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Sister Maggie in Daredevil season three

In this post, I will once again speculate on what we might see coming up in season three, based on available interviews and other tidbits of information. If this sounds a bit too spoilery for you, read no further!

Yesterday, we finally saw the Collider interview with Joanne Whalley that had been teased ever since all those set visit stories and interviews were published last week (I have yet to see an extensive interview with Whalley anywhere else). As with everything else we’ve seen over the last week, including the two trailers, you have to wonder about the amount of information they’re giving away, either explicitly or in the form of disparate details that anyone who so wishes can piece together into what are possibly major plot developments.

Before reading the Whalley interview, we had already been teased that Matt’s relationship with Sister Maggie might not be exactly what comics fans would expect. This could mean that they do not share the biological bond we know from the comics, where Maggie turns out to Matt’s mother. At the time, this was a clever retcon by Frank Miller from the Born Again storyline, pencilled by David Mazzucchelli, since Matt’s mother had been presumed dead up until that point. While little is known about Maggie’s own story, another pice of the puzzle was added quite recently, in a story by Mark Waid and Javier Rodríguez, which gave us a pretty satisfactory explanation for why Maggie felt compelled to leave her family.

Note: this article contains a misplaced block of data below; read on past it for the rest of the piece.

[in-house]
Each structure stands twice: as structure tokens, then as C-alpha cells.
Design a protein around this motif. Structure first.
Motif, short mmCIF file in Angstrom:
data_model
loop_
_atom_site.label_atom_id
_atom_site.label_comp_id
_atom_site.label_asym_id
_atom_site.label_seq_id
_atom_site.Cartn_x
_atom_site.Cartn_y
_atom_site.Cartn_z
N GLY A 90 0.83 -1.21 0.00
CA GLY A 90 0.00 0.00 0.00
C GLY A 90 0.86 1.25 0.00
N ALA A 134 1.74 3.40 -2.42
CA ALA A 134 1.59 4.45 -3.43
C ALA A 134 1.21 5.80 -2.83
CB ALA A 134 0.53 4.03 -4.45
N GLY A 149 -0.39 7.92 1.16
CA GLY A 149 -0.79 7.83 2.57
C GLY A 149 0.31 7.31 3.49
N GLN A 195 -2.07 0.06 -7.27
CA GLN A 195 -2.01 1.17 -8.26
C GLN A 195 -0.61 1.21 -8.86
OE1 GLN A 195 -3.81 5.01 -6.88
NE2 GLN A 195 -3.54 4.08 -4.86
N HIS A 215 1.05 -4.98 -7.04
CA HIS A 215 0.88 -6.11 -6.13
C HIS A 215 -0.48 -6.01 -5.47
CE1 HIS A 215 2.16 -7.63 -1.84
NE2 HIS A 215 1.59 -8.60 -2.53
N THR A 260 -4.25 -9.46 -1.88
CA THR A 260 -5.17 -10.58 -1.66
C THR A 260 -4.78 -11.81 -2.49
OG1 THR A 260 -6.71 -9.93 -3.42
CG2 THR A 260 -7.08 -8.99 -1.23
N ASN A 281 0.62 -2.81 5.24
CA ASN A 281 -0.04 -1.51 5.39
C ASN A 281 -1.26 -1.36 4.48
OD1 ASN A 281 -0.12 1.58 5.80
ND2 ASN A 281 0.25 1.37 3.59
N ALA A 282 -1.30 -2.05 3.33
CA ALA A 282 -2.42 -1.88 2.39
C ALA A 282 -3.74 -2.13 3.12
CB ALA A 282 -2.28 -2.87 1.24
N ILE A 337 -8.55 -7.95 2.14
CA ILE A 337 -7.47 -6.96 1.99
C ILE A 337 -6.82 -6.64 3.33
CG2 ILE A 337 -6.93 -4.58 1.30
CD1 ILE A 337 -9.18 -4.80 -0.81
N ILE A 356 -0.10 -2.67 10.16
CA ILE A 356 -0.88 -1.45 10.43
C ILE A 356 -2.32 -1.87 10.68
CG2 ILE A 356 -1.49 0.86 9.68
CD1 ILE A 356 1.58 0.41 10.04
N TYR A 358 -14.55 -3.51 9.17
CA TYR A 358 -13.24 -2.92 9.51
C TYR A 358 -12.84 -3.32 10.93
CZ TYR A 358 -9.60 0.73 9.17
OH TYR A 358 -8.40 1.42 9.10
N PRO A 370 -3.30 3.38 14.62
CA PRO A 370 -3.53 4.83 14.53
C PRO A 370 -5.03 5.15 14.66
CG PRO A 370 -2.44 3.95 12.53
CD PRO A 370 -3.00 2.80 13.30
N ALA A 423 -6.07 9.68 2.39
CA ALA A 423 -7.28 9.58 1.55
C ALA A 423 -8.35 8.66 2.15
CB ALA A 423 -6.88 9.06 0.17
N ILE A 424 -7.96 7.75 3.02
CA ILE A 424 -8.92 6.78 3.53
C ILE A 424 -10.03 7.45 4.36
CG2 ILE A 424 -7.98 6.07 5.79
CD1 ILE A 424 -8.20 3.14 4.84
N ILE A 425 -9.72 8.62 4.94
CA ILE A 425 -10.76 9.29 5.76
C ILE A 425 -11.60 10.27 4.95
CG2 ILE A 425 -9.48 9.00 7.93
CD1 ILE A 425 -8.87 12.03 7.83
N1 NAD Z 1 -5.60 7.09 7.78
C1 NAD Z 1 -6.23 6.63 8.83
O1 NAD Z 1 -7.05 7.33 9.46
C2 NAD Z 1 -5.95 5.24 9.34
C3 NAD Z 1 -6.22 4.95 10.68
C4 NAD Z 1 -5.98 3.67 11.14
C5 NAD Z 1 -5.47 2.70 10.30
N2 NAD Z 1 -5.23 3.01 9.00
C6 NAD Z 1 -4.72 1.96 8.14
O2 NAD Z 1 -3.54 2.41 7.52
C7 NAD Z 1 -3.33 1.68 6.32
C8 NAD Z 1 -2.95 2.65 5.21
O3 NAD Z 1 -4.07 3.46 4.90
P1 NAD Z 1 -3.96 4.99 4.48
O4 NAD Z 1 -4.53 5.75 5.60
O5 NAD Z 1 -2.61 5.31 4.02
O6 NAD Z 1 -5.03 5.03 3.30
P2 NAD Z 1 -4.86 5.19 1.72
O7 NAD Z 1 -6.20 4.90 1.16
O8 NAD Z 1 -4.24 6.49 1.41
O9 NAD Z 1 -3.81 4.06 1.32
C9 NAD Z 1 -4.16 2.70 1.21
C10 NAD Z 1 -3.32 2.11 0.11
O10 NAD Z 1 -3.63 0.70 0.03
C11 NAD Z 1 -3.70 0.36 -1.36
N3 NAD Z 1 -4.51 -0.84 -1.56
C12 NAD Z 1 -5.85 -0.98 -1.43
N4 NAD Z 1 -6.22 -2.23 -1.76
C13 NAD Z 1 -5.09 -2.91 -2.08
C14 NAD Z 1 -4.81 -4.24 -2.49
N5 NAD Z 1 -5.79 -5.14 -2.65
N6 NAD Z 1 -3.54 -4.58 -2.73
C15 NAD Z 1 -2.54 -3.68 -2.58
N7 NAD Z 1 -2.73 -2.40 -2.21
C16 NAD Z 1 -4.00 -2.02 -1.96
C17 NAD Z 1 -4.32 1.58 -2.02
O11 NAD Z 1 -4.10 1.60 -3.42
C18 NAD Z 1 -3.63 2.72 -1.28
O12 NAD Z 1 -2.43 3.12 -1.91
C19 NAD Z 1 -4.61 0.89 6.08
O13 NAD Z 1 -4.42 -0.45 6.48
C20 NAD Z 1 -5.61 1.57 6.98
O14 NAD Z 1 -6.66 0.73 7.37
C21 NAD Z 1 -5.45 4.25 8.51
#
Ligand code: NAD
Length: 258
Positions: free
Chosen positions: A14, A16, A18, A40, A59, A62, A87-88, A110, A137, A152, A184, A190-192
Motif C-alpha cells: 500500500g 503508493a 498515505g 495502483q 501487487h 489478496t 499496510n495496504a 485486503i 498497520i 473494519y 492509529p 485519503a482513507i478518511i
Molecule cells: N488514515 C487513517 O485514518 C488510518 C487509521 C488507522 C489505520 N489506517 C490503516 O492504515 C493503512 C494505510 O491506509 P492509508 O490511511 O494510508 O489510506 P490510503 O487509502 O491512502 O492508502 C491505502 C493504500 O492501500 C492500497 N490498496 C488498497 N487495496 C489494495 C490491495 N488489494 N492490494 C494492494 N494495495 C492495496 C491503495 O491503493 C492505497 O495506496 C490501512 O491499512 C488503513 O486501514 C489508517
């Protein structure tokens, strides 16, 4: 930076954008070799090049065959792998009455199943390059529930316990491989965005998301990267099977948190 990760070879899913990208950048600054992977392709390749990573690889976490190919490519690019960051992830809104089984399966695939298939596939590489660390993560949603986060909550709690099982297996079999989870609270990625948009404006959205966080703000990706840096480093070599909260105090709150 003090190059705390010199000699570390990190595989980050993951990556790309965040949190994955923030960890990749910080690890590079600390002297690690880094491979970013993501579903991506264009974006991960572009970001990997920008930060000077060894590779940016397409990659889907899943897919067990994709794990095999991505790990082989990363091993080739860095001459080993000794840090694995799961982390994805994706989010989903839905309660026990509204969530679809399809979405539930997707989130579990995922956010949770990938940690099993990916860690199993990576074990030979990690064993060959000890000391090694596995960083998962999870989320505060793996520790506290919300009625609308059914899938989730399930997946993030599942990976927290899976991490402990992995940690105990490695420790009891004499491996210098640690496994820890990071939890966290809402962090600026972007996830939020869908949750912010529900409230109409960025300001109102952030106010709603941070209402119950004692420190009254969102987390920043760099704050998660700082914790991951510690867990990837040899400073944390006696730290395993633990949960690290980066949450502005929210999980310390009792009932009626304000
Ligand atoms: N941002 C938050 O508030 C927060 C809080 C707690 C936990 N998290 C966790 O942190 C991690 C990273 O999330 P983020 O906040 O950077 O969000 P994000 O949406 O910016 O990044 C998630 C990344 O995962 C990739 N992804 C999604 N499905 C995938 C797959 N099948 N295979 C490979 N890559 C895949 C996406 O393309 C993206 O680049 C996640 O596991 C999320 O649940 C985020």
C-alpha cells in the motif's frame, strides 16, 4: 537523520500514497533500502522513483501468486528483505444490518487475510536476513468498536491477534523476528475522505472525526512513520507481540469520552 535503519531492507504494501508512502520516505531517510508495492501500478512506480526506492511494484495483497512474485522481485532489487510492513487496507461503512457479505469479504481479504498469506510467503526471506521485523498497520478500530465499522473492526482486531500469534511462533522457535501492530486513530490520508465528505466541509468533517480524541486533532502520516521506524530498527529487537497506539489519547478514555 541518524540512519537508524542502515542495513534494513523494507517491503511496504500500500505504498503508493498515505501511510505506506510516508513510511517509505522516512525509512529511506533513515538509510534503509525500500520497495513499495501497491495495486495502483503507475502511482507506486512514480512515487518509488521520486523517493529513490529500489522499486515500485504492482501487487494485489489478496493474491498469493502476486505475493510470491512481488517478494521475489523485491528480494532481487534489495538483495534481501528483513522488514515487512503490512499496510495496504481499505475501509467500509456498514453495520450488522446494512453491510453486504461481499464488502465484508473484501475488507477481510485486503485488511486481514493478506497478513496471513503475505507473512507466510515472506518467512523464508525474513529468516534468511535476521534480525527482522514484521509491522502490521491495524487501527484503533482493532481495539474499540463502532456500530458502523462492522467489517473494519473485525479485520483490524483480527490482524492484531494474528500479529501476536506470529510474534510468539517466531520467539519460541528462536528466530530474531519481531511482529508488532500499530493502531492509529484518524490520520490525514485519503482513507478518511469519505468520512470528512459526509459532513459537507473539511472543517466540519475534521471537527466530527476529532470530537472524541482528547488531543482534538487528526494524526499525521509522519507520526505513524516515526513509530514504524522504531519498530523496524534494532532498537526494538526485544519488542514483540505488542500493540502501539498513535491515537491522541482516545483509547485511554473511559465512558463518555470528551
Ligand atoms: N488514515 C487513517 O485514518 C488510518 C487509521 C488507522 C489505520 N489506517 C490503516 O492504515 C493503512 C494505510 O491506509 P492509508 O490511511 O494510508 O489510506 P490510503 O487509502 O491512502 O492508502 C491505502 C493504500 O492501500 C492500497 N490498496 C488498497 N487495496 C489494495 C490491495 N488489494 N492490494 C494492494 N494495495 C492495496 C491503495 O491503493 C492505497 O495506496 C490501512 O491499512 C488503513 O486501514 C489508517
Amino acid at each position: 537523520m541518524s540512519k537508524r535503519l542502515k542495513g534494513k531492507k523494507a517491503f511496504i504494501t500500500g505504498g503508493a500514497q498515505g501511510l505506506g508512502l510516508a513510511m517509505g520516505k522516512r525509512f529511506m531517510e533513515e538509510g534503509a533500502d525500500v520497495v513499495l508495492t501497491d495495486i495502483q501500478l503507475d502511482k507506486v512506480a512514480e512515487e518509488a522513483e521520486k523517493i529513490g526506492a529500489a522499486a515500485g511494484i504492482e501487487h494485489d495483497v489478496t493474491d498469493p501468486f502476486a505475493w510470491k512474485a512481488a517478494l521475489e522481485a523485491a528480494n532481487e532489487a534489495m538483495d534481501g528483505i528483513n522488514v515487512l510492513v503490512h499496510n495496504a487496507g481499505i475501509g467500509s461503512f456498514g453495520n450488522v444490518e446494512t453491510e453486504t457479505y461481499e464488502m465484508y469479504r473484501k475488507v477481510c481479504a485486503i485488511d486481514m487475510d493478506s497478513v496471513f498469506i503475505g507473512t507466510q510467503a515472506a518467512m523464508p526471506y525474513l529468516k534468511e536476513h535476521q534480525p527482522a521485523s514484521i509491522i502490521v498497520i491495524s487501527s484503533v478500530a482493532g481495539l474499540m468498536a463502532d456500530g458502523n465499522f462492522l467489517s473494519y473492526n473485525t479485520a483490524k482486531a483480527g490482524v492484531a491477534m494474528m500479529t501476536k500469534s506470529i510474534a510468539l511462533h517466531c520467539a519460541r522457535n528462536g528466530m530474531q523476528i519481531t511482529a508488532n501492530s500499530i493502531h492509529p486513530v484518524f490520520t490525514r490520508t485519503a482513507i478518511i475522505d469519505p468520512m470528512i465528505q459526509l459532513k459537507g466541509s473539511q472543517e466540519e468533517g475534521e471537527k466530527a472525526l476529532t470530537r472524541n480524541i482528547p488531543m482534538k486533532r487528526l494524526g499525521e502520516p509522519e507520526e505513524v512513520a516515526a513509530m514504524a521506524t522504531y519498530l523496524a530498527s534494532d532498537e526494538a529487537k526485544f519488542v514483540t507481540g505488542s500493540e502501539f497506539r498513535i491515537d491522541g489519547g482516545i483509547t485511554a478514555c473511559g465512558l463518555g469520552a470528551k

Jack and Grace "Maggie" Murdock, as seen in Daredevil #7 (vol 4) by Mark Waid and Javier Rodríguez
In the “Original Sin” storyline from Daredevil #6 and #7 (vol 4), by Mark Waid and Javier Rodríguez, we learn that Maggie left the family for fear of hurting young Matt after she developed a serious case of post-partum depression (or even psychosis).

In the interview linked above, we learn that Matt actually grew up in Maggie’s care since she runs the home (I refuse to use the outdated term orphanage…) where he grew up after Jack’s death. This means that Maggie is known to him, and that she, regardless of their biological relationship, has been a mother figure to him. Since the choice to have Jack die while Matt is still young raises all kinds of questions about what happened in Matt’s life between Stick’s abandonment and his meeting Foggy in law school, I find it comforting to know that he had people in his life that were some kind of steady presence.